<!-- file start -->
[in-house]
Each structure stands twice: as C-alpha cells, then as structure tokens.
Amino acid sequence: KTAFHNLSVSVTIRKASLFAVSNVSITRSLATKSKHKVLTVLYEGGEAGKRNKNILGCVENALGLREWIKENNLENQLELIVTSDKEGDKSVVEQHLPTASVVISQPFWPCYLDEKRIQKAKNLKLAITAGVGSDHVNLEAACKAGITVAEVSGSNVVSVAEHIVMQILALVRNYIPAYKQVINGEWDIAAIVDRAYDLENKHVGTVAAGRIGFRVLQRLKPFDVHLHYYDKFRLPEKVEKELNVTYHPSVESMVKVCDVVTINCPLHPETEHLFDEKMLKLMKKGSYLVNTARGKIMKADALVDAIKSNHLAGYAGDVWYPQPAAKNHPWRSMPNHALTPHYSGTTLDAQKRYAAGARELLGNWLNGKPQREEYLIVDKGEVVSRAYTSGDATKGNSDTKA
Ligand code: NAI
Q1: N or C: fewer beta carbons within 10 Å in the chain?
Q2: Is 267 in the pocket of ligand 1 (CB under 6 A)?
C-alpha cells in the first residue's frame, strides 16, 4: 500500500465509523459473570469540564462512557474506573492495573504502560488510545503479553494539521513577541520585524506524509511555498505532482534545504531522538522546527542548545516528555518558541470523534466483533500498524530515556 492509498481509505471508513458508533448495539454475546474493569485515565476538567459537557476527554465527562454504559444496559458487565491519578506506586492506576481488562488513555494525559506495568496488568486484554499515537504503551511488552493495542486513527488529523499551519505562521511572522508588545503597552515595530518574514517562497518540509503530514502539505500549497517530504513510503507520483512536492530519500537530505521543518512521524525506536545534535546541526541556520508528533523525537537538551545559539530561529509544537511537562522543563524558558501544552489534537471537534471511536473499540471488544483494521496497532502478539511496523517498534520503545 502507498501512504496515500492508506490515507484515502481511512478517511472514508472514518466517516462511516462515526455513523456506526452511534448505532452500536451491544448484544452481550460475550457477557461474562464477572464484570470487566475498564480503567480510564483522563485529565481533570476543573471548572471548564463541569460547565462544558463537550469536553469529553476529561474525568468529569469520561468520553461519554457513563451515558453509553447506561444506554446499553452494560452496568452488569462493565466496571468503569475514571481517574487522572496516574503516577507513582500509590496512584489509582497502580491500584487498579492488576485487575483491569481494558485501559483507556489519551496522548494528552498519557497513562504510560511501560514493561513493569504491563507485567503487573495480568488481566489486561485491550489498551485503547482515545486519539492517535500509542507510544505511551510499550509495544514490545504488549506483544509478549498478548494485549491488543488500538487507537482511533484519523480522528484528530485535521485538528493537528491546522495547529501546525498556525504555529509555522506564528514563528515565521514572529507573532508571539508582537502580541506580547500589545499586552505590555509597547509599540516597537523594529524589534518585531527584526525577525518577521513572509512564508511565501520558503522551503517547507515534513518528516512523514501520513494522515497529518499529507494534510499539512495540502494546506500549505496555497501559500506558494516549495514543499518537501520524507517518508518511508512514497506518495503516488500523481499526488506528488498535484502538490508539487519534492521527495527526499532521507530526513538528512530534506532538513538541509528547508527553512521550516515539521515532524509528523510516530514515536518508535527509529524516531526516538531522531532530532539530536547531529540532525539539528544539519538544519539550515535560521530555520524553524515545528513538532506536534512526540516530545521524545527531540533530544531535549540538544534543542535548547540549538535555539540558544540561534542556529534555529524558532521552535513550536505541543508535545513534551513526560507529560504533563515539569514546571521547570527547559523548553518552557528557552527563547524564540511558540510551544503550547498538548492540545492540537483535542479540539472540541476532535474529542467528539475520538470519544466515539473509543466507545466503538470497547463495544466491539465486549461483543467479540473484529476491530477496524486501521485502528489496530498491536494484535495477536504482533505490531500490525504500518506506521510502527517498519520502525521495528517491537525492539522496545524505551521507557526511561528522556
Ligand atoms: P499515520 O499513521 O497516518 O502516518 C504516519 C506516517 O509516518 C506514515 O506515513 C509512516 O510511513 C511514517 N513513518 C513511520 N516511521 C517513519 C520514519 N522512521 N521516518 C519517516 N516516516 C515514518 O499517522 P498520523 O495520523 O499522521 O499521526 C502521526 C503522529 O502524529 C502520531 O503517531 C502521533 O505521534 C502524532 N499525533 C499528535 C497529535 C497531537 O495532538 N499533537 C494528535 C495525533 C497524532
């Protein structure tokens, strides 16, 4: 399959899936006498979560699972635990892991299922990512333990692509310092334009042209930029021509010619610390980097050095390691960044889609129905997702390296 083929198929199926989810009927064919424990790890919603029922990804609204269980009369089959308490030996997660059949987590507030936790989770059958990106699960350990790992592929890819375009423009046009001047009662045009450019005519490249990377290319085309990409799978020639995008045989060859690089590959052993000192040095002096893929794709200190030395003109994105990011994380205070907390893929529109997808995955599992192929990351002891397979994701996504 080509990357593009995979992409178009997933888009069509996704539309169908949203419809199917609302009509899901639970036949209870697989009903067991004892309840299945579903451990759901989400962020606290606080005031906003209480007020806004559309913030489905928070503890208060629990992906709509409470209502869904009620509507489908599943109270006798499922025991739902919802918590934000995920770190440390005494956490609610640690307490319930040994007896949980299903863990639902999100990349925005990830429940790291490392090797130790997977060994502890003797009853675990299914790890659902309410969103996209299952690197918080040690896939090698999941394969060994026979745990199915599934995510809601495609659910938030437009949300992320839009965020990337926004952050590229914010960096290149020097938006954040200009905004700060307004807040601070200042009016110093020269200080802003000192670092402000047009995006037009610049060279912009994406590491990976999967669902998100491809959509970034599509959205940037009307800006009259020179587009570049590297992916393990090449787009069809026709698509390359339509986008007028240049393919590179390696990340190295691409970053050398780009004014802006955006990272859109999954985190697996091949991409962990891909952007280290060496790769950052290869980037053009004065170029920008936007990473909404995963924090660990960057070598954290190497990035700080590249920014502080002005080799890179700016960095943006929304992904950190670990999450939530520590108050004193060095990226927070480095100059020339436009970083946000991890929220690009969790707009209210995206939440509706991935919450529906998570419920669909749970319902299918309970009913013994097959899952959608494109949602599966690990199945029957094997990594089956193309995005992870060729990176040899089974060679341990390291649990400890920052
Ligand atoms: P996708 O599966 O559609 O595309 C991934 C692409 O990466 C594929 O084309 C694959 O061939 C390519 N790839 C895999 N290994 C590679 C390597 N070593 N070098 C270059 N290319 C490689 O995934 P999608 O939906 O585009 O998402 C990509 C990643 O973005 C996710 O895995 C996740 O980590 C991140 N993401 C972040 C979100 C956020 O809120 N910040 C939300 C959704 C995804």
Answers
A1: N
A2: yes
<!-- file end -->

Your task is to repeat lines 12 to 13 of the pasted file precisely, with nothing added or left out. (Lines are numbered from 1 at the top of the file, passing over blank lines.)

A1: N
A2: yes